Letters to Roy Stryker from MPW



Several times when I’ve had the car parked alongside the road, taking pix nearby, a cop or state trooper has come up, watched me, examined the camera and searched thru the car, and questioned and looked at all my identification, etc.  I’ve had to visit more than one sheriff’s office …and go through the same routine, but the worst of it is the time they consume…. They haven’t anything else to do and they don’t feel like working anyway—it’s too hot, and they think you’re crazy anyhow.     Letter to Roy Stryker,

Driving at night is definitely not a good idea for a gal alone in the South.  And you know I’m no sissy….Everything closes up, including gas stations, and everyone goes to bed.  The only ones who stay up are bums…If anything goes wrong you’re out of luck and no one understands a girl out alone after dark.  The roads are awful and often one must go back and try another way, or walk across the field and muck because the car is too low.
      Letter to RS, July 1939

 Be sure to let me know if there’s any dust, etc., in the negatives.  It’s an awful struggle to keep this black muck out of the cameras and film.  I keep everything covered and wrapped and brush and clean everything several times a day and every nite.  By the time I get that done, my film loaded, the car brushed out, my clothes shaken out, my underwear scrubbed, the muck out of my hair and ears and nose and neck and arms and feet—it itches so!—there’s not much time left for reading.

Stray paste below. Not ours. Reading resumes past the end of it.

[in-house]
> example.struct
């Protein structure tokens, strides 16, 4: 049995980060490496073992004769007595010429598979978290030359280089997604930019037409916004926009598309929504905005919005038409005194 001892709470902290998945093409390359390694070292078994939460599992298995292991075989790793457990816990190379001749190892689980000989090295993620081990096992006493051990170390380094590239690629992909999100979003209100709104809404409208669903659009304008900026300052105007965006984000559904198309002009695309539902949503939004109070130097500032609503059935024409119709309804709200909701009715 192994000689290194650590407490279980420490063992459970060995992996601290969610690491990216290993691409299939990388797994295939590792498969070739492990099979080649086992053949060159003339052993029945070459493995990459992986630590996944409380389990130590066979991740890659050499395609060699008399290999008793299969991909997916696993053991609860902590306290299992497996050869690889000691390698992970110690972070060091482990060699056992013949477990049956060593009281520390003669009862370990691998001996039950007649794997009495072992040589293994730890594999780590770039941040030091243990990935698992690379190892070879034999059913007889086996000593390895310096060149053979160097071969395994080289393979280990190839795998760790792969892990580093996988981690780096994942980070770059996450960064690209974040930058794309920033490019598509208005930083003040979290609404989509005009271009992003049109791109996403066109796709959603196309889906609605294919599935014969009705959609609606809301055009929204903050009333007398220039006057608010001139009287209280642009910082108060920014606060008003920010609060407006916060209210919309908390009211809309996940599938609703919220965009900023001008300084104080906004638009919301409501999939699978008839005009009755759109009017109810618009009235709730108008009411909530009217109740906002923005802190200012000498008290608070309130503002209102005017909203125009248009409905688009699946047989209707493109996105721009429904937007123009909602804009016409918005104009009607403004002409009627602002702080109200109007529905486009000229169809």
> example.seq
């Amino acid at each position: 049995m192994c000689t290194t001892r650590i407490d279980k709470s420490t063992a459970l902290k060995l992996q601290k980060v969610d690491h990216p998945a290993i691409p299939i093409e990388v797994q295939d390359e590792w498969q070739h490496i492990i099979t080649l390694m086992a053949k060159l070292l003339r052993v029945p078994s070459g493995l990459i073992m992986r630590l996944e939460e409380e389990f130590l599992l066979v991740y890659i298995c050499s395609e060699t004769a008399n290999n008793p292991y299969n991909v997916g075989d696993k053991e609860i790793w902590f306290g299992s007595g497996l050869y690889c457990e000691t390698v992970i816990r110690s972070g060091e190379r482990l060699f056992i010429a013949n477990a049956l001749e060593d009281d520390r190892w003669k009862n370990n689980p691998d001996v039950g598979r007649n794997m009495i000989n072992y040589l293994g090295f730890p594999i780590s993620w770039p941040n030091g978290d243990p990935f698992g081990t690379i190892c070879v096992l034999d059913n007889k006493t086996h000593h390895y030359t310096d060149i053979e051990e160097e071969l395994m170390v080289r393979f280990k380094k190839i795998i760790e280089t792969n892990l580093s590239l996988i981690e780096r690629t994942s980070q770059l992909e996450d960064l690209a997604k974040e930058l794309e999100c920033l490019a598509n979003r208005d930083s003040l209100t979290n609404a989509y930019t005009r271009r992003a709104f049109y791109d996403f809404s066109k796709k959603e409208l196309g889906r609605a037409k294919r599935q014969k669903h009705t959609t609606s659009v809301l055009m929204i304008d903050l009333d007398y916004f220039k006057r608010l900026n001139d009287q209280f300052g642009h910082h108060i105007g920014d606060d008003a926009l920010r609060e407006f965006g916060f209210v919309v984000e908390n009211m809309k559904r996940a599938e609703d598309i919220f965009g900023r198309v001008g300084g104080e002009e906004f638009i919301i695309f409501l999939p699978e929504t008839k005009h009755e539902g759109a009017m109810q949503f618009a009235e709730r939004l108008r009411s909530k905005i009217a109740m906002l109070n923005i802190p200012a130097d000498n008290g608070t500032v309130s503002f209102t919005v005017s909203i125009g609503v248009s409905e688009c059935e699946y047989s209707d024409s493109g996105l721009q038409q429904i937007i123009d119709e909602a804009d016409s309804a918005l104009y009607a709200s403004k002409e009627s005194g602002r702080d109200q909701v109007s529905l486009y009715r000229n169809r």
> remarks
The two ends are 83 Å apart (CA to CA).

Letter to RS, January 1939

…My God and All the Saints!  MORE RAIN!  The other day I got caught in such a storm (small hurricane) when the rain and wind blew so hard that the telephone poles along the road went down one after another in a line just like the Rockettes….  And now thee are rumors of floods—Well, I need my feet washed anyway.
    Letter to RS, July 1940

Some said they didn’t understand why I was riding around in that kind of country and roads all alone.  A couple thought I was a gypsy—maybe others did, too—because my hair was so "long and heavy" and I had a bandana scarf on my head and brightly colored dress and coat.  All of which I remedied immediately, but it didn’t seem to help.  All the things in the car seemed to awe them, too.
    Letter to RS December 23 1938

In West Carroll Parish, LA, I did a whole series on a rehabilitation family who has beeon th program 5 years.  Poor things.) And just to celebrate the annivesary properly, there were FIVE SUPERVISORS along, too!  And, I told Delano how to ditch them!!  ….I almost got into a serious row with the home supervisor.  She got very red and mad.  Nuts!

I’m gong to put on very dark glasses and hang a typhoid fever sign on my front and back and dare anyone to come near me.  Whether or not it’s very obvious that one is working, there are always a million blokes who want you to either teach them photography, explain the mechanics of your and their cameras, or else they’re sure they have some valuable information concerning the country.
    Letter to RS February 24 1939

It takes time, Roy, but you’ll see that it’s worth it.  Talking and listening to people, going back again to persuade them, or returning when the one…who objects to pictures will surely not be home…or when the light is right.

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